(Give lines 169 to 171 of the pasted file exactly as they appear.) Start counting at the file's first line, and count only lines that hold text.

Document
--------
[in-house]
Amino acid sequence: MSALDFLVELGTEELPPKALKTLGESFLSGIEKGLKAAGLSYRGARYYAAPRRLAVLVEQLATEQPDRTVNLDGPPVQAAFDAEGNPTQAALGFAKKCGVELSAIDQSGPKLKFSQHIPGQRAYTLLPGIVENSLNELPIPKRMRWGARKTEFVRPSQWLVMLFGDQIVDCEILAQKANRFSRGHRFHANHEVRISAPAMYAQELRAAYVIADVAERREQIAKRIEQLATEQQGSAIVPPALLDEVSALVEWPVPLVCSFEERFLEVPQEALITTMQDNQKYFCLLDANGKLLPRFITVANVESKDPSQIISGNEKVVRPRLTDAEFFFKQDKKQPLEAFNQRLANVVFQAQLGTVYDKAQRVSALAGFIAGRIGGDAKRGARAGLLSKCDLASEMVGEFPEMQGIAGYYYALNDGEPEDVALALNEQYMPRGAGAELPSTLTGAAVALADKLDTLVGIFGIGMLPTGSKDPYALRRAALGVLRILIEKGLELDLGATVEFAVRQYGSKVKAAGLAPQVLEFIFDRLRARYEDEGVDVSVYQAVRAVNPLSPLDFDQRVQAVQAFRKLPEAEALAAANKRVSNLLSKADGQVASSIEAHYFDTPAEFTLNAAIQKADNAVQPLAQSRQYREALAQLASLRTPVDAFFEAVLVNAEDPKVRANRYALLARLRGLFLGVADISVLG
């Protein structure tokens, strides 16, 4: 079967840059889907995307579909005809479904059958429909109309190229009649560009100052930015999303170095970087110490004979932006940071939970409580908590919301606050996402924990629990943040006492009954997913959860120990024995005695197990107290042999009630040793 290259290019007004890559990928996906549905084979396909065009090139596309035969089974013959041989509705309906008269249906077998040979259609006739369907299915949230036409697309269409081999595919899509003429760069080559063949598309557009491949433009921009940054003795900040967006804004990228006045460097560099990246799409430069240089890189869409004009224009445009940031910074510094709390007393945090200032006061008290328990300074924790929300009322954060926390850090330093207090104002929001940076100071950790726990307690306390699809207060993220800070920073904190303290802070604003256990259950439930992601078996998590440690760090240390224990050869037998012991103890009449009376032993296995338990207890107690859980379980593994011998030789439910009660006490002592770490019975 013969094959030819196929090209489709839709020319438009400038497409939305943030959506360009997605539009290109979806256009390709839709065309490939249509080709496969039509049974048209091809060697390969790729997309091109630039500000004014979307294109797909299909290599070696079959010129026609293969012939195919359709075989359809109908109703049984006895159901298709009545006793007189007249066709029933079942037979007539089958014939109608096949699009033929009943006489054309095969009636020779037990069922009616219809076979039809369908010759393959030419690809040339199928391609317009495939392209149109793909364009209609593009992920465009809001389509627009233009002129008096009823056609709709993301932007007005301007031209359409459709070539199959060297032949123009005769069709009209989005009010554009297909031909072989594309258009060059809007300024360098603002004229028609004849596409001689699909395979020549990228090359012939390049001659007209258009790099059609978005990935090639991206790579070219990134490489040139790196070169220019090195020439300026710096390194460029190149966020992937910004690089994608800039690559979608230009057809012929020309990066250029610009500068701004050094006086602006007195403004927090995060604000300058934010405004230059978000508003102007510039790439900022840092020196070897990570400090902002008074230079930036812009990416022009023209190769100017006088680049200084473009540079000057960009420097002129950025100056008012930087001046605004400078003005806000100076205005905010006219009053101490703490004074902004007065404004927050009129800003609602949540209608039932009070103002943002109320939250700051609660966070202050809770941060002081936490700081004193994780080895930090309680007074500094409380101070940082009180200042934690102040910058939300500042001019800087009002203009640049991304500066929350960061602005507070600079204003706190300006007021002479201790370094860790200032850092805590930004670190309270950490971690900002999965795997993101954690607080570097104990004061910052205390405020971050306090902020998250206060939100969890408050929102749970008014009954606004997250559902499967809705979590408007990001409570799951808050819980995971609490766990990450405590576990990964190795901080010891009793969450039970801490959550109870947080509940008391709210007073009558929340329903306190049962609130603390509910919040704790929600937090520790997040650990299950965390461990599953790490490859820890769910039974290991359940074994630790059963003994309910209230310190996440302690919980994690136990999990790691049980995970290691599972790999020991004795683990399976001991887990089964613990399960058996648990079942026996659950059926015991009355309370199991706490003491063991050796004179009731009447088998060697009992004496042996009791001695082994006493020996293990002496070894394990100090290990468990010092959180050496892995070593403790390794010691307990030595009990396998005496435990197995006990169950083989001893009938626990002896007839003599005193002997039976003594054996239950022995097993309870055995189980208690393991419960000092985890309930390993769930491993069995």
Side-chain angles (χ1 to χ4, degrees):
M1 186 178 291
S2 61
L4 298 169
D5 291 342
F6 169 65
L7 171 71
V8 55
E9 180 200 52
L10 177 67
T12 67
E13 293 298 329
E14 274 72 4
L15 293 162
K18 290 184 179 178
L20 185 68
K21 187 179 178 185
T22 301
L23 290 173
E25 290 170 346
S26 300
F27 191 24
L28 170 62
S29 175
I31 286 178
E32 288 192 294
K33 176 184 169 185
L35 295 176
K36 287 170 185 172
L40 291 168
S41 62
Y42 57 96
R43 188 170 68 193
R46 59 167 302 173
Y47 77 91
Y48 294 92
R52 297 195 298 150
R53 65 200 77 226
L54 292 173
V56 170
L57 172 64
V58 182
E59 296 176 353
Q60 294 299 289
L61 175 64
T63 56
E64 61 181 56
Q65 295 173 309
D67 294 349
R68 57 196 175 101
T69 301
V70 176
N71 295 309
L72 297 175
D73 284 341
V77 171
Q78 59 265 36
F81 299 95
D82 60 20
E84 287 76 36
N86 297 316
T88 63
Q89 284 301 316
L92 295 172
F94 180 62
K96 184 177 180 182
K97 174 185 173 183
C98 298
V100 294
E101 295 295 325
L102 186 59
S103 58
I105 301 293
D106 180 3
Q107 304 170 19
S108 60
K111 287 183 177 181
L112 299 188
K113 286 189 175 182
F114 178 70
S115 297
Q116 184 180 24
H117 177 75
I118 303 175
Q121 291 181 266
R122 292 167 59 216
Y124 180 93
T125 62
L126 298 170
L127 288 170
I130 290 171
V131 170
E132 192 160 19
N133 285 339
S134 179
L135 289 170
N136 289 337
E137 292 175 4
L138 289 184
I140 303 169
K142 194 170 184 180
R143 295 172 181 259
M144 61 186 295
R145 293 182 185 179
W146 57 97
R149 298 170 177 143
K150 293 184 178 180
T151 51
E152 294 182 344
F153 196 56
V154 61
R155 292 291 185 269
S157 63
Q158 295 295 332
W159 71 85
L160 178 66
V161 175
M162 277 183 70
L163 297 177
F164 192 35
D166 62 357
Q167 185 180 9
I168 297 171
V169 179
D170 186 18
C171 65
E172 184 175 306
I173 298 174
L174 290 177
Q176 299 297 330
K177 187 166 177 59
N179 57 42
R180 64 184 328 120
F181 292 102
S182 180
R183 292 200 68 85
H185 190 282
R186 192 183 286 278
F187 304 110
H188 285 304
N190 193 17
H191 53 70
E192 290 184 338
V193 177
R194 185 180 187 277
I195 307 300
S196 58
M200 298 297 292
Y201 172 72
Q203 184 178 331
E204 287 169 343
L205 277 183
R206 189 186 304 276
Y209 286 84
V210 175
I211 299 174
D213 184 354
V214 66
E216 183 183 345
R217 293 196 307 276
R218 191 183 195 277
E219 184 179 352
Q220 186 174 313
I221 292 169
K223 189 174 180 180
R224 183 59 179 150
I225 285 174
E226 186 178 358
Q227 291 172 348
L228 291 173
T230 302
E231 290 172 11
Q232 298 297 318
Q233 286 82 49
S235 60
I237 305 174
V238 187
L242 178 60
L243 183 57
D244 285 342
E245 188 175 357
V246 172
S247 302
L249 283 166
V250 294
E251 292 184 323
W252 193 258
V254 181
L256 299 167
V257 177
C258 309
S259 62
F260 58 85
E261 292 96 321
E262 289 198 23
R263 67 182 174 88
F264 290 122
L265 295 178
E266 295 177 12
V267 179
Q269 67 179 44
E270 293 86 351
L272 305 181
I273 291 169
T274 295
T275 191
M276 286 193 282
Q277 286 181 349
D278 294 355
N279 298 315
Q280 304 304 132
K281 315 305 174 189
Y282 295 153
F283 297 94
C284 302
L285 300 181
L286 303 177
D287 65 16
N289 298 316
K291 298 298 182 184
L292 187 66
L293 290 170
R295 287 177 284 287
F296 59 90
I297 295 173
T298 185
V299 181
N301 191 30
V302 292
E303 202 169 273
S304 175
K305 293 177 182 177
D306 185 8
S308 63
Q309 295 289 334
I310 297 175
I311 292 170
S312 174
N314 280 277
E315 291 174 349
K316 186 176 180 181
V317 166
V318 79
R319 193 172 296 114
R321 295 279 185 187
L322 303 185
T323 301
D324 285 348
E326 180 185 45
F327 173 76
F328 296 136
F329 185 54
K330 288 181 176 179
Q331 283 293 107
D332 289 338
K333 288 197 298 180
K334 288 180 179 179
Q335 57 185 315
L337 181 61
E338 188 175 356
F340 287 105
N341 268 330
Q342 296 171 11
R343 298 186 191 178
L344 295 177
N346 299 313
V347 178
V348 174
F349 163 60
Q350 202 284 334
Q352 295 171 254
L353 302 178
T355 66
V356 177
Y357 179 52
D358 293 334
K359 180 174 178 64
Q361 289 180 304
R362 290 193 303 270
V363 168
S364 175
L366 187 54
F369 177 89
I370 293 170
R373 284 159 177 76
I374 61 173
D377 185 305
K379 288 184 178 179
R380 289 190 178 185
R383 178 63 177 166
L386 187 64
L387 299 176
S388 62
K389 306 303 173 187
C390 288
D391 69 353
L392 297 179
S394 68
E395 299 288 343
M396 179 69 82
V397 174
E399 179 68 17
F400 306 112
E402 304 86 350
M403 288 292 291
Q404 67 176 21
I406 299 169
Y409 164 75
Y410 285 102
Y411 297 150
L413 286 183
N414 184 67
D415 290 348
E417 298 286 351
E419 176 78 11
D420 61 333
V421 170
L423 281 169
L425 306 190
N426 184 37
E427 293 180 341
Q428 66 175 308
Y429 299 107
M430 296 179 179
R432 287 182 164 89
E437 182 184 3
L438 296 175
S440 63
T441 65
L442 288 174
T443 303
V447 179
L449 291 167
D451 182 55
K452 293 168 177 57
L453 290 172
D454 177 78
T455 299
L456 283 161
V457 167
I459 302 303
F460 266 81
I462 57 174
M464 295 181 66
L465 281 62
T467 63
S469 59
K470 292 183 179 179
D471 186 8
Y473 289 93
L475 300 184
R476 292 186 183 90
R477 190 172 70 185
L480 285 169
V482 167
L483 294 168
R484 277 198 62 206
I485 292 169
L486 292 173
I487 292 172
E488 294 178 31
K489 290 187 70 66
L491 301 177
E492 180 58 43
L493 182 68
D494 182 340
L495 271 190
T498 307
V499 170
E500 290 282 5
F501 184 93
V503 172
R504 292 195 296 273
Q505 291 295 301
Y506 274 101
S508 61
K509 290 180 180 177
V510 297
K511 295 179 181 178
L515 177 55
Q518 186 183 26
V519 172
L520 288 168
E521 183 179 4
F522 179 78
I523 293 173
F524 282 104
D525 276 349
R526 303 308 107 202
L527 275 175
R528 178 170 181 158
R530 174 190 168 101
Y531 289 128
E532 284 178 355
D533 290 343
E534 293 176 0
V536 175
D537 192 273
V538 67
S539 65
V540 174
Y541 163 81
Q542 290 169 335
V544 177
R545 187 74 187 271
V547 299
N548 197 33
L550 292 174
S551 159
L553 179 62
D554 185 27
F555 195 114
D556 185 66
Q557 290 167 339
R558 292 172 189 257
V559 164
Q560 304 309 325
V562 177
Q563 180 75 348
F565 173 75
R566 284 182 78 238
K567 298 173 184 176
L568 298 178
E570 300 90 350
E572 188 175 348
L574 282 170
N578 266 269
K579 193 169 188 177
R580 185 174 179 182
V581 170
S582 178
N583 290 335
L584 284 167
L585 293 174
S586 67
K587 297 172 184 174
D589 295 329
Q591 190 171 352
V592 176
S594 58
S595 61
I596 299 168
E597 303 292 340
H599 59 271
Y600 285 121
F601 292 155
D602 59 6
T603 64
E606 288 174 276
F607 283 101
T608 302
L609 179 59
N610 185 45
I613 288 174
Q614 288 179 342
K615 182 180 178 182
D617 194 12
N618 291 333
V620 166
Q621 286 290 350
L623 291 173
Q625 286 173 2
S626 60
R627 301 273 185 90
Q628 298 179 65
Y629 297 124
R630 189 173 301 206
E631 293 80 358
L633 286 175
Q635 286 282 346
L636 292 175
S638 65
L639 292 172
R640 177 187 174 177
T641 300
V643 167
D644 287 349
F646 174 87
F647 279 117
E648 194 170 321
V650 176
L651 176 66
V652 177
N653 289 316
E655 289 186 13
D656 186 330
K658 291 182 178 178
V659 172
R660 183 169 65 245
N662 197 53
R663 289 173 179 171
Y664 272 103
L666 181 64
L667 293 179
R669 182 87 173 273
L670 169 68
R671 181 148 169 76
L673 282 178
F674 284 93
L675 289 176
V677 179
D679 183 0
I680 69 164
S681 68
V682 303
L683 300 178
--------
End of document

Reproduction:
R224 183 59 179 150
I225 285 174
E226 186 178 358